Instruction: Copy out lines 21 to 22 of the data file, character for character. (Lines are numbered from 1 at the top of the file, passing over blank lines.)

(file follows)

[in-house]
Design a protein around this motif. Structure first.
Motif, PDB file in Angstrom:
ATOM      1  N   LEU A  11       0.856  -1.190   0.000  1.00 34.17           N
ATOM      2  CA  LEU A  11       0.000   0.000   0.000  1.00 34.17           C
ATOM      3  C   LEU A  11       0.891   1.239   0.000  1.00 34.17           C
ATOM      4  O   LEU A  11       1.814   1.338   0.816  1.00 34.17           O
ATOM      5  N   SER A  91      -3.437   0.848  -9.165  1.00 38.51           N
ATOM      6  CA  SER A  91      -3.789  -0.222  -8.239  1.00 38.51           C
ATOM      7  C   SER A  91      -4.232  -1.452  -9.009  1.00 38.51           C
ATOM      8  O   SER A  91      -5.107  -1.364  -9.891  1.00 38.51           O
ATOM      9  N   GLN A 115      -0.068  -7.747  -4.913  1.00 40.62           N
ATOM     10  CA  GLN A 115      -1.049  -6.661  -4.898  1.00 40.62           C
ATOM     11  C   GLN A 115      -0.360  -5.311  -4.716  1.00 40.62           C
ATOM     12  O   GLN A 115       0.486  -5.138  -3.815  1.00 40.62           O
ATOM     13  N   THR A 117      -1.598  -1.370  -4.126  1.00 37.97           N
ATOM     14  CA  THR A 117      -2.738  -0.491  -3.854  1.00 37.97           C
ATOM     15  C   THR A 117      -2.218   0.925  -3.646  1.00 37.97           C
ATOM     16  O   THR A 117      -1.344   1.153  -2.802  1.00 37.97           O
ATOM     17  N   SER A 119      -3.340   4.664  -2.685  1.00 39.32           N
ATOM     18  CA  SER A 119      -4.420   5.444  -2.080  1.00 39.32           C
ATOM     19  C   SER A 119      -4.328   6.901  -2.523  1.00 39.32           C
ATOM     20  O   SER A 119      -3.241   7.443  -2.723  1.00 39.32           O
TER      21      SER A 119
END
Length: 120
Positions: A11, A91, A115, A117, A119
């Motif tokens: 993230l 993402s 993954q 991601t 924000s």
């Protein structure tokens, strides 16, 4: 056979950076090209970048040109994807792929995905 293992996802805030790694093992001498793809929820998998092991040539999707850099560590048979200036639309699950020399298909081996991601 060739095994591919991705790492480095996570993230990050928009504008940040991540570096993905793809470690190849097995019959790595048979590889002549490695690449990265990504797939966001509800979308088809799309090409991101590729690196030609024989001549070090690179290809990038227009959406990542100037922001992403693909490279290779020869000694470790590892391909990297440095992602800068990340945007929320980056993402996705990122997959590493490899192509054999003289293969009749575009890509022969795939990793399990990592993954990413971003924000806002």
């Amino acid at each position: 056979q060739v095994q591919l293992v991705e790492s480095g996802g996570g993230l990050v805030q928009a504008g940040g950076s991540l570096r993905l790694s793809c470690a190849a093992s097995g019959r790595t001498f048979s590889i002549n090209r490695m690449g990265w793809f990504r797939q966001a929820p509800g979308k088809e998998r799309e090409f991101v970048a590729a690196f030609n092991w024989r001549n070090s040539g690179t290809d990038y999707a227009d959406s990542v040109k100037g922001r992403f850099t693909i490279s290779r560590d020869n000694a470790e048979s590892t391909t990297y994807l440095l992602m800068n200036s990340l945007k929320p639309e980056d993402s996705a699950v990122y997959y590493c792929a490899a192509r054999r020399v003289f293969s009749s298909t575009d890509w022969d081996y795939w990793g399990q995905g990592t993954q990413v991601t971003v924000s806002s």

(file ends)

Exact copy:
ATOM     18  CA  SER A 119      -4.420   5.444  -2.080  1.00 39.32           C
ATOM     19  C   SER A 119      -4.328   6.901  -2.523  1.00 39.32           C